SOUTH BEND, IN -- Former astronaut Brian Duffy along with representatives from NASA, Aerojet Rocketdyne, Boeing, Lockheed Martin and Orbital ATK acknowledged Manufacturing Technology, Inc (MTI) for its contributions to the NASA Space Launch System (SLS).
PICTURED FROM LEFT TO RIGHT: Jim Hoffman (Chief Metallurgist and Quality Assurance), Sherri Lotter (Inside Sales Coordinator), Zach Danko (Process Engineer), Jordan Walser (Process Engineer), Jacob Smith (Production Manager), Gabe Hostetter (Process Engineer).
SOUTH BEND, IN - To demonstrate a continued commitment to quality, Manufacturing Technology, Inc. (MTI) announces that they have been successful in achieving Nadcap accreditation for welding at their Sheridan Street location.
PICTURED FROM LEFT TO RIGHT: Bob Besse (MTI VP Sales & Marketing), Jeanette Lapehn (MTI Spare Parts Manager), Mike Laiman (MTI Manufacturing Services Business Unit Manager), Dan Adams (MTI President & CEO), Brian Roberts (MTI Manufacturing Operations Lead), Mohamed Elnaggar (AR Specialist Engineer), David Sherman (AR Manufacturing Engineer), Heath Cheung (AR Project Engineer), Kent Majewski (AR Associate Engineer), James Bartlett (AR Sr. Specialist Engineer).
SOUTH BEND, IN - Aerojet Rocketdyne, a subsidiary of Aerojet Rocketdyne Holdings, Inc. (NYSE: AJRD), has recognized Manufacturing Technology, Inc. (MTI) for its work on the RS-25 rocket engine, a key element of NASA’s space exploration program. MTI was instrumental in the refurbishment of the inertia welder and production inertia welding for the RS-25 Main Injector.
When a 261 metric ton airplane lands or a medivac helicopter is headed to the hospital—that is no time for a critical component to fail.
MTI understands this. That’s why we’re NADCAP* accredited. Our aerospace partners like GE, Pratt & Whitney, Rolls-Royce, Boeing, and Honeywell trust the quality of MTI’s welded parts.
SOUTH BEND, IN - Ball Aerospace has recognized Manufacturing Technology, Inc. (MTI) for outstanding technical performance on the TIRS-02 Program, a NASA initiative which uses thermal infrared sensors to measure the Earth’s temperature. MTI played an integral role by joining together titanium and copper for the TIRS-02 Cryocooler, which is used on the Landsat Data Continuity satellite.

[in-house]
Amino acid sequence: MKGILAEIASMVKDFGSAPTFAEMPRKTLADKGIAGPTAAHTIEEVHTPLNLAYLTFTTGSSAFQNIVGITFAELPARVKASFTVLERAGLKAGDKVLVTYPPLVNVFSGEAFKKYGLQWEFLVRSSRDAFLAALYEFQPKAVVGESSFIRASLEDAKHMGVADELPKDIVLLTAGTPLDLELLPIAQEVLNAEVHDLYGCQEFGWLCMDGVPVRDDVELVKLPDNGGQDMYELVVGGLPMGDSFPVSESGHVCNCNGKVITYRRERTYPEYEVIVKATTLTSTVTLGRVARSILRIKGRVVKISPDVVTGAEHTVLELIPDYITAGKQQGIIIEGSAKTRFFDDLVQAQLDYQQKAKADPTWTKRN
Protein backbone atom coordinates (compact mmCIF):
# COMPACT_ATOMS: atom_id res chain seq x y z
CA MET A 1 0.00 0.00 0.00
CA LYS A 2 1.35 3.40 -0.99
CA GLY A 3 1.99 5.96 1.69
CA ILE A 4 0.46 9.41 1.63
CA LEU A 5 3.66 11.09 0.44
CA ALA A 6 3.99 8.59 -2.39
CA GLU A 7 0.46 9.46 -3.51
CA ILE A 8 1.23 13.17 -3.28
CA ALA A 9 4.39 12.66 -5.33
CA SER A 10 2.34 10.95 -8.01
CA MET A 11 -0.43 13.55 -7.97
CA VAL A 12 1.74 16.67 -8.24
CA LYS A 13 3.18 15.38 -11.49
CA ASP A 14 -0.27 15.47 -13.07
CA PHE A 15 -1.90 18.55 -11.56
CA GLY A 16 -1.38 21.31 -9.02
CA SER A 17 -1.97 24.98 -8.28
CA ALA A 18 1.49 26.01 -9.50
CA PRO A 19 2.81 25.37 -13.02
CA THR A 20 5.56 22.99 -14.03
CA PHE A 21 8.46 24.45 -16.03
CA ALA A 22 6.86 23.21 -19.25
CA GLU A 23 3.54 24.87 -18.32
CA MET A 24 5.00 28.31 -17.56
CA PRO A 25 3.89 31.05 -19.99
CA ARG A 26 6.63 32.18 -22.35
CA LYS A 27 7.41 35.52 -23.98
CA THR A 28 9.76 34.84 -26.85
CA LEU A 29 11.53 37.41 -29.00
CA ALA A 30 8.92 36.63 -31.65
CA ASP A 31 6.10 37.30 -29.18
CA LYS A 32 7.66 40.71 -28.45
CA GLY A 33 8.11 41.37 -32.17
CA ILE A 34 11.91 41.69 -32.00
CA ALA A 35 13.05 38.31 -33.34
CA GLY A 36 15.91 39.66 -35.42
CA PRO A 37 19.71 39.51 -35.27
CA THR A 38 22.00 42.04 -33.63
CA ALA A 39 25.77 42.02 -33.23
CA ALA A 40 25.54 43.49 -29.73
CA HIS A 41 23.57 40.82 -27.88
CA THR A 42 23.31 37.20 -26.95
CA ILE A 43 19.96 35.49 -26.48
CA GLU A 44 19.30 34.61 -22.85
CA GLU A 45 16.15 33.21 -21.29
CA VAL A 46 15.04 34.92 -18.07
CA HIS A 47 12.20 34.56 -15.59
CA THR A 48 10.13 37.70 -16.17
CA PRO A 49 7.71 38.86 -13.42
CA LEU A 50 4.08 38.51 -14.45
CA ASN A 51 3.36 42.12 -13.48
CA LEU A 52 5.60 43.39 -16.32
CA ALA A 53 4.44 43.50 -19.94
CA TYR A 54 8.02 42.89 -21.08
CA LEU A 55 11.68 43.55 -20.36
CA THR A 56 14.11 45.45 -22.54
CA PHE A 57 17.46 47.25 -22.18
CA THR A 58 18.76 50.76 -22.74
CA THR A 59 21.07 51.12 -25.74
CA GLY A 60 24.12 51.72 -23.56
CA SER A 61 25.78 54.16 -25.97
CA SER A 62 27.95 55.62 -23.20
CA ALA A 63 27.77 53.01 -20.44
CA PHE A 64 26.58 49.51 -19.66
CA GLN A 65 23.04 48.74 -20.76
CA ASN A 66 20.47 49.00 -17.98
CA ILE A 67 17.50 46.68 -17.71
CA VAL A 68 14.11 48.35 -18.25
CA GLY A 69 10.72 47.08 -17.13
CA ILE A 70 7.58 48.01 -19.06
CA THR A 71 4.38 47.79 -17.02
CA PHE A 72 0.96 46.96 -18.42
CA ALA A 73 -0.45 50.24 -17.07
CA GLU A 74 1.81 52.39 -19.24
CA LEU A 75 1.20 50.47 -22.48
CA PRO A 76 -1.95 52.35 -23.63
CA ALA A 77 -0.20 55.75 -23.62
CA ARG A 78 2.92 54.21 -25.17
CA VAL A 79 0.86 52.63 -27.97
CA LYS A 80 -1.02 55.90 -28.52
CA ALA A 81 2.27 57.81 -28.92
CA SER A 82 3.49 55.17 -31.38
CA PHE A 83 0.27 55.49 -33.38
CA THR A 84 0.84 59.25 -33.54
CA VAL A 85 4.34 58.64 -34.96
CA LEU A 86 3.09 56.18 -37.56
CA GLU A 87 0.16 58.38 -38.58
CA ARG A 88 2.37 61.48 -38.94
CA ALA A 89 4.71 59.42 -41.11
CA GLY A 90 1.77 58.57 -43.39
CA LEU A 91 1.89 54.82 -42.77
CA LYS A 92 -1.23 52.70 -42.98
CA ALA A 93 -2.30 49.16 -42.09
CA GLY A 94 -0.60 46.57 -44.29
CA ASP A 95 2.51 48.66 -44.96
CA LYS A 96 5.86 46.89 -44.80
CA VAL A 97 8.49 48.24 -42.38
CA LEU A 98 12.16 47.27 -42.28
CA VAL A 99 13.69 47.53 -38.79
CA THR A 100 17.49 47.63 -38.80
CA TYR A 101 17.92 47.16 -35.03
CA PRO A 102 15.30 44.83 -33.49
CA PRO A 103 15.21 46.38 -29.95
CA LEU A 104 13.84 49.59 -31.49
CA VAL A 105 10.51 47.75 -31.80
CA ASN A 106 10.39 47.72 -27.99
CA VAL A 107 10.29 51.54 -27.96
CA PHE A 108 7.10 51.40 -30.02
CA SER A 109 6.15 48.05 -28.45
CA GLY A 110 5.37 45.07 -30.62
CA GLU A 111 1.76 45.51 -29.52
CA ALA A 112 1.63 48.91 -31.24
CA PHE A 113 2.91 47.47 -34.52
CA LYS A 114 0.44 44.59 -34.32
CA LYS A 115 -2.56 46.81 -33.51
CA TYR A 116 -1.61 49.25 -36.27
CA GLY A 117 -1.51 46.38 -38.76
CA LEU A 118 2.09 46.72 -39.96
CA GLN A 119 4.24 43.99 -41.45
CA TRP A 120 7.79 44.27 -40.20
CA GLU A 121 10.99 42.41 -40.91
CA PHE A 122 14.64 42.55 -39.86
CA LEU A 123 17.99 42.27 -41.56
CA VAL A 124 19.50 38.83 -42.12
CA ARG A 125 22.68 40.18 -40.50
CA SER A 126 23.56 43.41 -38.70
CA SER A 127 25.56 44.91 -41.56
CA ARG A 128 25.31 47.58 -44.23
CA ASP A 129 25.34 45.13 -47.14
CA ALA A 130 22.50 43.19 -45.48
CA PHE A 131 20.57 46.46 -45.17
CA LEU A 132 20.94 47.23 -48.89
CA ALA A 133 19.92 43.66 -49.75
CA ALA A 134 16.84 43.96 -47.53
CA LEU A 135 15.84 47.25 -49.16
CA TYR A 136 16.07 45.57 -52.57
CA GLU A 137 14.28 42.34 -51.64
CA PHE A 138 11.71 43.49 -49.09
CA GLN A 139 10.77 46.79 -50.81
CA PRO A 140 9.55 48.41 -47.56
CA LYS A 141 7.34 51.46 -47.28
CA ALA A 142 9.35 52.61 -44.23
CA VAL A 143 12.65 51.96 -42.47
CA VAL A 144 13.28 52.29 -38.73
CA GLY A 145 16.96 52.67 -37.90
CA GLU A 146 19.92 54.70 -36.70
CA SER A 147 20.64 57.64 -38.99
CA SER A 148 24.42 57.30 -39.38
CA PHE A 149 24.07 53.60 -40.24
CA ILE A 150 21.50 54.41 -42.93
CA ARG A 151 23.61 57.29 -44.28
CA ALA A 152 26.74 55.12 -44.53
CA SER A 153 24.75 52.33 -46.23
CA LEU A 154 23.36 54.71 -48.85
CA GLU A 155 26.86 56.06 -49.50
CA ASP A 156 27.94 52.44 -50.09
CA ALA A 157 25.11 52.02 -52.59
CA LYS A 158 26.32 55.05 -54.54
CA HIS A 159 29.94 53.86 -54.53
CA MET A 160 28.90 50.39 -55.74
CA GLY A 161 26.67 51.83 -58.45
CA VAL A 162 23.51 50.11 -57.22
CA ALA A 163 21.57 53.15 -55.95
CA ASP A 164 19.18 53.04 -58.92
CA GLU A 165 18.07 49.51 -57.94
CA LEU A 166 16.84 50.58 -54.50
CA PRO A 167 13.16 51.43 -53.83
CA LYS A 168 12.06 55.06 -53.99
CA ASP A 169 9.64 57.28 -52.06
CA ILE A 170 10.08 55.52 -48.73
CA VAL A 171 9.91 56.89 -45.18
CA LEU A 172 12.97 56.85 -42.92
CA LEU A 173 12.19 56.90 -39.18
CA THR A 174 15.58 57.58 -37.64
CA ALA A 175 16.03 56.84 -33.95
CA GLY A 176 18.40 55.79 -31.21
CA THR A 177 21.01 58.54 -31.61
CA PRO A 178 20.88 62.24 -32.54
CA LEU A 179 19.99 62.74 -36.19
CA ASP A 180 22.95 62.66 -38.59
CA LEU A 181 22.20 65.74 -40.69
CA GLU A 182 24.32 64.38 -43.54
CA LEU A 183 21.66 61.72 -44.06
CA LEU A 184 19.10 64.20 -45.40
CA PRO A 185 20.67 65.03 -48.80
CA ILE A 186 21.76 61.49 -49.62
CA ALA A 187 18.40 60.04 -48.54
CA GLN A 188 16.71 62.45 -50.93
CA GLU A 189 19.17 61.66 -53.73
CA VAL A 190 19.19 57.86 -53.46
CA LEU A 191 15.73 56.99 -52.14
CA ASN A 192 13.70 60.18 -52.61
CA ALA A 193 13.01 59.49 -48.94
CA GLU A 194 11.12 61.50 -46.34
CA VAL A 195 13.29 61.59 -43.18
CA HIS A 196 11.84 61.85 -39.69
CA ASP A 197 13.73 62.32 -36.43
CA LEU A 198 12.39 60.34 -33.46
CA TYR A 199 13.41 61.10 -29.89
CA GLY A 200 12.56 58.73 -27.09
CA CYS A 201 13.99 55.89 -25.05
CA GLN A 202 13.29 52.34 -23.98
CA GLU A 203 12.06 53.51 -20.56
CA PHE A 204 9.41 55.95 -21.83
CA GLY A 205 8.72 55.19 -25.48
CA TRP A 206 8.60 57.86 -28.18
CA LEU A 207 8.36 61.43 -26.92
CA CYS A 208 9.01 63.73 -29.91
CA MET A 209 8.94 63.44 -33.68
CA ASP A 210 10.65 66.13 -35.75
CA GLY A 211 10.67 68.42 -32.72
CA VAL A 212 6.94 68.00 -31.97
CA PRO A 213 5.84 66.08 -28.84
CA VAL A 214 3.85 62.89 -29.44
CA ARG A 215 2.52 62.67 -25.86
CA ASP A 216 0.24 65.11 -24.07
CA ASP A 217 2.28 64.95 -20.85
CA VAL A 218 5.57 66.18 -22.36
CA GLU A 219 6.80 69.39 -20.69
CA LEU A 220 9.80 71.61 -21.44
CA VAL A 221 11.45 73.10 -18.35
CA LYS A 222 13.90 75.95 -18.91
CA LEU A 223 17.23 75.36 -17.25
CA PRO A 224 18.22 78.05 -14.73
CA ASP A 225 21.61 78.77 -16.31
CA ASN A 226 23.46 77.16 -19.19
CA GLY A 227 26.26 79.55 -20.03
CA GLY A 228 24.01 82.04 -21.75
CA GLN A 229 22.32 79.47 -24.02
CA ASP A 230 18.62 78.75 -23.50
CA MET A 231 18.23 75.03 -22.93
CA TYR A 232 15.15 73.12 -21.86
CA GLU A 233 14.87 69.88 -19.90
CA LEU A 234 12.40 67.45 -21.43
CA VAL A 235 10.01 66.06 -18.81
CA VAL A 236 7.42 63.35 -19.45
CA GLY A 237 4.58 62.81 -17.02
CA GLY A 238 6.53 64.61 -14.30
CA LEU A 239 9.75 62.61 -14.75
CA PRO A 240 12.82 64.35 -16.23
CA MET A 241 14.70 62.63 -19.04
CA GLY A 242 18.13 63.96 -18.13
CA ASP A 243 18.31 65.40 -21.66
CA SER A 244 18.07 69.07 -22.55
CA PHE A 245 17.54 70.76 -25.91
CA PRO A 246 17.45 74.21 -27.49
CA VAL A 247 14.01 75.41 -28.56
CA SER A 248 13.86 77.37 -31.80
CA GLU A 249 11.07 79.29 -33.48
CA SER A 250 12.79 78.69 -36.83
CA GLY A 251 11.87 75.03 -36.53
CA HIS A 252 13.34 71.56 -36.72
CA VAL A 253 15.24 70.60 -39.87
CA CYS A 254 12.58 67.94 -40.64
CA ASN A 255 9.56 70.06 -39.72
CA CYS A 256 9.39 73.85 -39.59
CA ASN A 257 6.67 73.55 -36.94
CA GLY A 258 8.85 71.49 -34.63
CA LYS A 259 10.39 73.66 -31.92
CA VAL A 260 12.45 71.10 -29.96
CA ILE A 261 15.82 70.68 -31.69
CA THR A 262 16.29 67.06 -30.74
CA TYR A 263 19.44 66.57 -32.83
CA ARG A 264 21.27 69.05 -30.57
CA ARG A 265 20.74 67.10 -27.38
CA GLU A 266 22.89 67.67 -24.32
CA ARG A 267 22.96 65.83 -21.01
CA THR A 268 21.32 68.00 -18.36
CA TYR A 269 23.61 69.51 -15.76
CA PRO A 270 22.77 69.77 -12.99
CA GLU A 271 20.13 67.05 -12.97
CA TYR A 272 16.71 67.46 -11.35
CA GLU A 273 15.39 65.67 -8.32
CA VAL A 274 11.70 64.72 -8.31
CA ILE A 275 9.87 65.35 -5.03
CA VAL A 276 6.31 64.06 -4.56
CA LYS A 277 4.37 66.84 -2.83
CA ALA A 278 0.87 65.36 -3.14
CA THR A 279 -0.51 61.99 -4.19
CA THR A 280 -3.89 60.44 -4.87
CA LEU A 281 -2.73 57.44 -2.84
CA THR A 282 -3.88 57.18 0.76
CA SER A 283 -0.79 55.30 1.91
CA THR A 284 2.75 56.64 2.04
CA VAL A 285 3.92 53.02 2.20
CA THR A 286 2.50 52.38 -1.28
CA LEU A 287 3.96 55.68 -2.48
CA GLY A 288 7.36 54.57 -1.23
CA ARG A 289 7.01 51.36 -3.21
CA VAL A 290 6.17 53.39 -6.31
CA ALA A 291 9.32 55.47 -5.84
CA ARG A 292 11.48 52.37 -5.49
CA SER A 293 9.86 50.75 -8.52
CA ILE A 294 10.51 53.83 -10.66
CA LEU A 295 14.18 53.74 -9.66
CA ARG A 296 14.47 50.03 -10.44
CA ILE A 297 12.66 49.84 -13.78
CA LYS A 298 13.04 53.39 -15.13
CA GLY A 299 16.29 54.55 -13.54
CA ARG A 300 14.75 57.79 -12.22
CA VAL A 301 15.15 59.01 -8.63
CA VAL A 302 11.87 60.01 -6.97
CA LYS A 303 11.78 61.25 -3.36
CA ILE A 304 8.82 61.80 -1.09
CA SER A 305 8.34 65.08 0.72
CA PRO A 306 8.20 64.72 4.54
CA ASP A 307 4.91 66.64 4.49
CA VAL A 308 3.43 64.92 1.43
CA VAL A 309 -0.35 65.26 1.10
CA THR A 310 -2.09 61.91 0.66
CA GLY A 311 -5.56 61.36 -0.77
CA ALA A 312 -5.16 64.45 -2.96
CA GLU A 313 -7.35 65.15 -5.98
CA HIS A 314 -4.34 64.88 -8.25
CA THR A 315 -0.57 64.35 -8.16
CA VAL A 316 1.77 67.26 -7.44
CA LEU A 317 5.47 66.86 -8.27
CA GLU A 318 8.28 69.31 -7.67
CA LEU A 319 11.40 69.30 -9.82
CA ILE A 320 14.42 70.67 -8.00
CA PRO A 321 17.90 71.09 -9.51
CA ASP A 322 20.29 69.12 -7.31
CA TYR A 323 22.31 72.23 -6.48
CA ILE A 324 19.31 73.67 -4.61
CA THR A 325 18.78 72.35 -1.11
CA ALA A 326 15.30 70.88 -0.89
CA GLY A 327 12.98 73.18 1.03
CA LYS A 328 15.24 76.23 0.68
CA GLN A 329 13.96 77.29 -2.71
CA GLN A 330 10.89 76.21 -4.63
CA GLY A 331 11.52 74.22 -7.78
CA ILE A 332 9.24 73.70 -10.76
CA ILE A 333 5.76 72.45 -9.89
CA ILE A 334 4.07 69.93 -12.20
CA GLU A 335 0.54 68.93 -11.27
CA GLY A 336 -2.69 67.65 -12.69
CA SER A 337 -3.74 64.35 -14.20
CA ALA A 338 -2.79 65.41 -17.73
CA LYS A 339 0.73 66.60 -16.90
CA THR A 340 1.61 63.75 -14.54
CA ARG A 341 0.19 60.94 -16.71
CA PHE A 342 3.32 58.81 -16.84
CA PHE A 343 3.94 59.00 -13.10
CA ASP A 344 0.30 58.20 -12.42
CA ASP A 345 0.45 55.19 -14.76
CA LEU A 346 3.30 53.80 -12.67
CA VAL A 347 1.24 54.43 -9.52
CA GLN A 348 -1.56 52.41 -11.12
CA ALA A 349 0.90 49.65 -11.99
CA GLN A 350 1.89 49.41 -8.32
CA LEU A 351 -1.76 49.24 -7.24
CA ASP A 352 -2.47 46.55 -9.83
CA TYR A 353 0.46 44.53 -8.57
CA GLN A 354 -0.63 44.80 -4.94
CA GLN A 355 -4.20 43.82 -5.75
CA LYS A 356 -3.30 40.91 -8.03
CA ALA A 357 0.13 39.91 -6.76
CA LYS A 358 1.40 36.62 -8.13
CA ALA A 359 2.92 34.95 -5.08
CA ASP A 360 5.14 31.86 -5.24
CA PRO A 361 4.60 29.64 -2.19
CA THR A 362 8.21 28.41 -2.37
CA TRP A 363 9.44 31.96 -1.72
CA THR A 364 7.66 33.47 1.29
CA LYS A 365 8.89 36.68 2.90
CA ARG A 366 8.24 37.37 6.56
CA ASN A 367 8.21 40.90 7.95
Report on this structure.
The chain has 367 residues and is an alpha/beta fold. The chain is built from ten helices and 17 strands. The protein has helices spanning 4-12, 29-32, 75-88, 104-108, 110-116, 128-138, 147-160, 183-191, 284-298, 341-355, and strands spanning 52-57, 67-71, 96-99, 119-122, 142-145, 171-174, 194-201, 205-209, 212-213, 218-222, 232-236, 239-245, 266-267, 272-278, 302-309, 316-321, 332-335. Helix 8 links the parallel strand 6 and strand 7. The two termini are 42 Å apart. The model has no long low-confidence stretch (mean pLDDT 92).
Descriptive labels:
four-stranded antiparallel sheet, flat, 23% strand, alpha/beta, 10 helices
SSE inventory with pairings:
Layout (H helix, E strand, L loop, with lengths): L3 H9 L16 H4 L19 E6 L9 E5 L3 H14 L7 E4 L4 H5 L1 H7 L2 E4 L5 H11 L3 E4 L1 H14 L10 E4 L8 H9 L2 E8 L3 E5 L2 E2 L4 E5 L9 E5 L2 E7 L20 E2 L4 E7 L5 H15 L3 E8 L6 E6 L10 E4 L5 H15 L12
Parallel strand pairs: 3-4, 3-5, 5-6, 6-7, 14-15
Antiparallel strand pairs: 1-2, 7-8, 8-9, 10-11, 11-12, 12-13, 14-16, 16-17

“We were thrilled to work with Ball Aerospace and work together to find a joining solution that met their needs” said Mike Laiman, MTI’s Manufacturing Services Business Unit Manager. “Collaboration was key to our success.”
The 2016 International Manufacturing Technology Show is running from September 12-17, 2016 in Chicago, IL and MTI is there! We’ll be in the North Building, B Hall (Fabricating & Lasers), Booth N-6014 where we’ll discuss our friction welding technologies and how they can improve your manufacturing processes. Specifically, MTI representatives will talk about our Manufacturing Services program- designed with you in mind.
As a manufacturer, you know there are many inherent risks in the production process. And one of the biggest is down-time. This is especially true for operators of critical equipment like friction welding machines. Whether your business is growing rapidly, you have production needs while your friction welding machine is being built, or your machine will be off line for scheduled maintenance, you can’t afford to slow down. That’s why MTI has developed a unique approach to keep your business up and running, around the clock.
It’s a common problem that engineers and designers face nearly every day – how to join two separate components into a single part. This problem becomes more complex if the components are each made of a different material or have unique geometries at the joint interface. So, how do you join two parts into one?
Manufacturing Technology, Inc. (MTI) today announced that the company has finalized the purchase of a 127,000 square foot building located on Sheridan Avenue in South Bend. The new facility will more than double the size of the company’s growing Manufacturing Services division, which designs, develops, and produces friction welded parts for the aerospace, automotive, and medical device industries. The building was formally owned by the Mohawk Door division of Masonite International Corporation.